Featuring Tobias Putrih
White Cube Hoxton Square is pleased to present a new exhibition by Runa Islam. For this exhibition, Islam is presenting a 35mm film and two 16mm films in a sculptural installation by Tobias Putrih. This is the second in a series of collaborations between the two artists that was initiated by Islam for her exhibition at Galleria Civica, Modena in January 2008.
In the ground-floor gallery, Islam is staging 'Empty the pond to get the fish.' (2008), a 35mm-film installation that is part of an ongoing series of works that attempt to 'write' with the camera. For both this film and her earlier work 'C I N E M A T O G R A P H Y' (2007) the artist used motion-control camera equipment, which is programmed to perform a typographical task. This process transforms the camera into a kind of robotic eye, disrupting the aesthetic and narrative function of cinematography to question what kind of image making can occur when the artist's decision-making is mechanised. The title 'Empty the pond to get the fish.' is a phrase taken from Robert Bresson's seminal text 'Notes on Cinematography', and the camera spells out this phrase in its exact typographical image as it appears in the book. This happens in the spaces of an empty museum, a building constructed for the 1958 World Fair in Brussels, then relocated to Vienna. The camera changes angle with each letter of its typeset trajectory, and with each word it changes scene. Through these seemingly random and jarring movements, the architecture of the building is slowly revealed through a visual dissection. The montage of elements, from translucent sectioned windows - which resemble the sprockets on a filmstrip - to the empty cinema space with its luminescent white screen and a group of artworks being prepared for installation, highlights the relationship between film, architecture and art.
Tobias Putrih's work is based on several interconnecting ideas and practices; in particular, he is interested in architecture, design and science, and how these subjects relate to social systems and the practices of collaboration. Putrih's work often consists of structures that use simple materials such as cardboard, paper, scotch tape and scaffolding, and he frequently employs fractured and imploded forms, as well as changes in floor levels and illumination to create narrative and drama. Putrih has designed and built several cinema spaces in the past, most notably for the Slovenian Pavilion at the Venice Biennale in 2007. His interest in cinemas is informed by an understanding of their role as both cultural and social space, but Putrih's own cinemas destroy the notion of the black box and create spaces where, as he says, 'the body comes into direct contact with its surroundings and these surroundings are absorbed into the projected fiction'. For this exhibition, Putrih has built a highly personalised cinematic space in response to 'Empty the pond to get the fish.', consisting of curved walls made from staggered strips of film. The entrance to the gallery and to the seating area for watching the film are highly mediated, making the act of viewing and our passage through the space central to the experience of the installation.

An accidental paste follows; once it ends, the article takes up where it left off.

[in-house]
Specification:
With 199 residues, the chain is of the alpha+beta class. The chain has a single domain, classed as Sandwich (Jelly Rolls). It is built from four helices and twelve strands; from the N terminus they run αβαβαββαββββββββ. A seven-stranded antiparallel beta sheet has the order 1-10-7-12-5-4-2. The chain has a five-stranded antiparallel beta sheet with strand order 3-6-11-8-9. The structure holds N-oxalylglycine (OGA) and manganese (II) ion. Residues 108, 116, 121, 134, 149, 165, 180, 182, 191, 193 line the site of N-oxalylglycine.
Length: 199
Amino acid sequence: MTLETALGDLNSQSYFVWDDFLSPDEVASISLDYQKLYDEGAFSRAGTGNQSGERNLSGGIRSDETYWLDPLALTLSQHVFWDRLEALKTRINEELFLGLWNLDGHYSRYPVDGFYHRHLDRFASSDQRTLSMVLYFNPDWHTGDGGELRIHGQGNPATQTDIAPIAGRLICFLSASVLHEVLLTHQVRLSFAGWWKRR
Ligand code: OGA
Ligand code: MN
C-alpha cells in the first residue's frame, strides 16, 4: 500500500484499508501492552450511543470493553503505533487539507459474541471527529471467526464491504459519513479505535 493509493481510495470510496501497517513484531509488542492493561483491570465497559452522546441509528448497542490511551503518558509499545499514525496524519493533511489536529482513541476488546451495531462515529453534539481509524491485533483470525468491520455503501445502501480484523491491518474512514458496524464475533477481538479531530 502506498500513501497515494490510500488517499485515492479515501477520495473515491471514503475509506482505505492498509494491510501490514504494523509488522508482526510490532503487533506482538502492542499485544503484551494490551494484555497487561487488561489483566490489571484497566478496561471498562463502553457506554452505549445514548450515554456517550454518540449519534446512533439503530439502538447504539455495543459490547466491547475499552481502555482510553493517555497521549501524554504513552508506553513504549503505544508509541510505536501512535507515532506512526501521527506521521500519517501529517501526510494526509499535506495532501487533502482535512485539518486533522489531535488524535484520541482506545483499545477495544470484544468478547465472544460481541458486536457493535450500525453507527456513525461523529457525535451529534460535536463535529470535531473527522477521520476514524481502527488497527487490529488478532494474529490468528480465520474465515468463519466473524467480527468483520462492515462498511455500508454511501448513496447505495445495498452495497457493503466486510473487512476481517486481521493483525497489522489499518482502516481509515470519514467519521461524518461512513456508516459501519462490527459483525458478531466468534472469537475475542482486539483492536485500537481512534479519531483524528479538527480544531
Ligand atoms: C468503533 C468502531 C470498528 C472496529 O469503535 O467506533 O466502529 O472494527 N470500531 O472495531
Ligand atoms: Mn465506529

Islam also presents two 16mm-film installations that examine the mechanics of their medium. 'The Restless Subject' (2008), shown in the foyer, is a film of a nineteenth-century 'thaumotrope', a device that was used to create the first motion pictures by spinning a card with an image on either side until the two images seem to merge. This transformation of two images into a new, merged image is an effect of our perception - called the 'phi phenomena' or 'flicker fusion' - and is a technique that Islam employed in her earlier film 'Stare Out (Blink)' (1998). Islam has installed the projector so that it is face to face with the screen, as if observing the technical origins of film. In the upstairs gallery, Islam's newest film 'Assault' (2008) is an almost static portrait of a man who is subjected to an intense and quick succession of blinding lights. Islam manipulates the powerful effect of coloured light - the spectrum is taken from the CMYK (film) and RGB (video) range of colours - as a way to produce new and dramatic transformations of character.
Runa Islam was born in 1970 in Dhaka, Bangladesh and lives and works in London. She has had numerous international exhibitions. Solo shows include MUMOK Museum Moderner Kunst Ludwig, Vienna (2008), Galleria Civica, Modena (2008), Bergen Konsthall, Bergen (2007), Oslo Museum of Art, Oslo (2007), Serpentine Gallery, London (2006), Hammer Museum, Los Angeles (2005), Dunkers Kulturhus, Helsingborg (2005), Camden Arts Centre, London (2005) and MART, Trento (2005). She is currently nominated for The Turner Prize. In late 2008 she will have a solo exhibition at Kunsthaus Zurich which will tour to Museum Folkwang, Essen.
Tobias Putrih was born in Kranj, Slovenia in 1972 and lives and works in New York. He has had numerous international exhibitions including Psycho Buildings, Hayward Gallery, London (2008) and Forms of Resistance, Van Abbemuseum, Eindhoven (2007). Solo exhibitions include Neuberger Museum of Art, Purchase, New York (2007) and the Slovenian Pavilion, 52nd Venice Biennale, (2007). In 2008/9 he will have a solo exhibition at Museum Boijmans van Beuningen, Rotterdam and at Baltic, Gateshead.
'Empty the pond to get the fish.' was commissioned and produced by MUMOK Museum Moderner Kunst Ludwig, Vienna.
A fully illustrated catalogue on 'Empty the pond to get the fish.' is available, with essays by Diedrich Diederichsen, Christian Höller and Matthias Michalka.
Preview Thursday 4 September 2008, 6-8pm
48 Hoxton Square - London